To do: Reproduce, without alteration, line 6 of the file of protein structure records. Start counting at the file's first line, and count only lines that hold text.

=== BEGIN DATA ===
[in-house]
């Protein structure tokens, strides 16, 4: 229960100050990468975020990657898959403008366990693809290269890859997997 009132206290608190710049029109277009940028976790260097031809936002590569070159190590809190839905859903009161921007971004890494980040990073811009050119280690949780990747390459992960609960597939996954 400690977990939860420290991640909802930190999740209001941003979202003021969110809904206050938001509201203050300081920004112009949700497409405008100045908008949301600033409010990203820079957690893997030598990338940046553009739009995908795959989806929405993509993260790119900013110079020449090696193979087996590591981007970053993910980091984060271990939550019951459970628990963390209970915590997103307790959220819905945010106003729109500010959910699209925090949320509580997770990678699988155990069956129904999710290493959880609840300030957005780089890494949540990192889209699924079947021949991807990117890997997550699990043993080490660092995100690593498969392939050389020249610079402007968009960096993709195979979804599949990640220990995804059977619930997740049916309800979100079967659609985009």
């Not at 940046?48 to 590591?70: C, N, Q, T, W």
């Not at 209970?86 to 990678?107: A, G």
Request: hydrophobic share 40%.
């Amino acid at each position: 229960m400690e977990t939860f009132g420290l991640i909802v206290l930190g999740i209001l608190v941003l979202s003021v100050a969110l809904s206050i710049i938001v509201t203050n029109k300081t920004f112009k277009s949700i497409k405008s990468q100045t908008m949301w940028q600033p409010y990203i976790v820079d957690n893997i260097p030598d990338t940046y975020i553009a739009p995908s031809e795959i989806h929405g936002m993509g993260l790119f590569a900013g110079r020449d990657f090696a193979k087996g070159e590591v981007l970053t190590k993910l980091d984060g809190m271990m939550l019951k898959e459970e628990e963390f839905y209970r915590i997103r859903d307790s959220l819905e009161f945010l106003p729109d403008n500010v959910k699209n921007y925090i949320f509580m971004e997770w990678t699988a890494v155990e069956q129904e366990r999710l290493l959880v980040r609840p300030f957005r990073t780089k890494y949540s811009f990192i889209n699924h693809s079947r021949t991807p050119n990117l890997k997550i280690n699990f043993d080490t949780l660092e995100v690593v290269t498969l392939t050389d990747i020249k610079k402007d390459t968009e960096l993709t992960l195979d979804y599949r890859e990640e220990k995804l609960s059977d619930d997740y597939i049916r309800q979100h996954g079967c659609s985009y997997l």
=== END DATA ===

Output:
């Amino acid at each position: 229960m400690e977990t939860f009132g420290l991640i909802v206290l930190g999740i209001l608190v941003l979202s003021v100050a969110l809904s206050i710049i938001v509201t203050n029109k300081t920004f112009k277009s949700i497409k405008s990468q100045t908008m949301w940028q600033p409010y990203i976790v820079d957690n893997i260097p030598d990338t940046y975020i553009a739009p995908s031809e795959i989806h929405g936002m993509g993260l790119f590569a900013g110079r020449d990657f090696a193979k087996g070159e590591v981007l970053t190590k993910l980091d984060g809190m271990m939550l019951k898959e459970e628990e963390f839905y209970r915590i997103r859903d307790s959220l819905e009161f945010l106003p729109d403008n500010v959910k699209n921007y925090i949320f509580m971004e997770w990678t699988a890494v155990e069956q129904e366990r999710l290493l959880v980040r609840p300030f957005r990073t780089k890494y949540s811009f990192i889209n699924h693809s079947r021949t991807p050119n990117l890997k997550i280690n699990f043993d080490t949780l660092e995100v690593v290269t498969l392939t050389d990747i020249k610079k402007d390459t968009e960096l993709t992960l195979d979804y599949r890859e990640e220990k995804l609960s059977d619930d997740y597939i049916r309800q979100h996954g079967c659609s985009y997997l």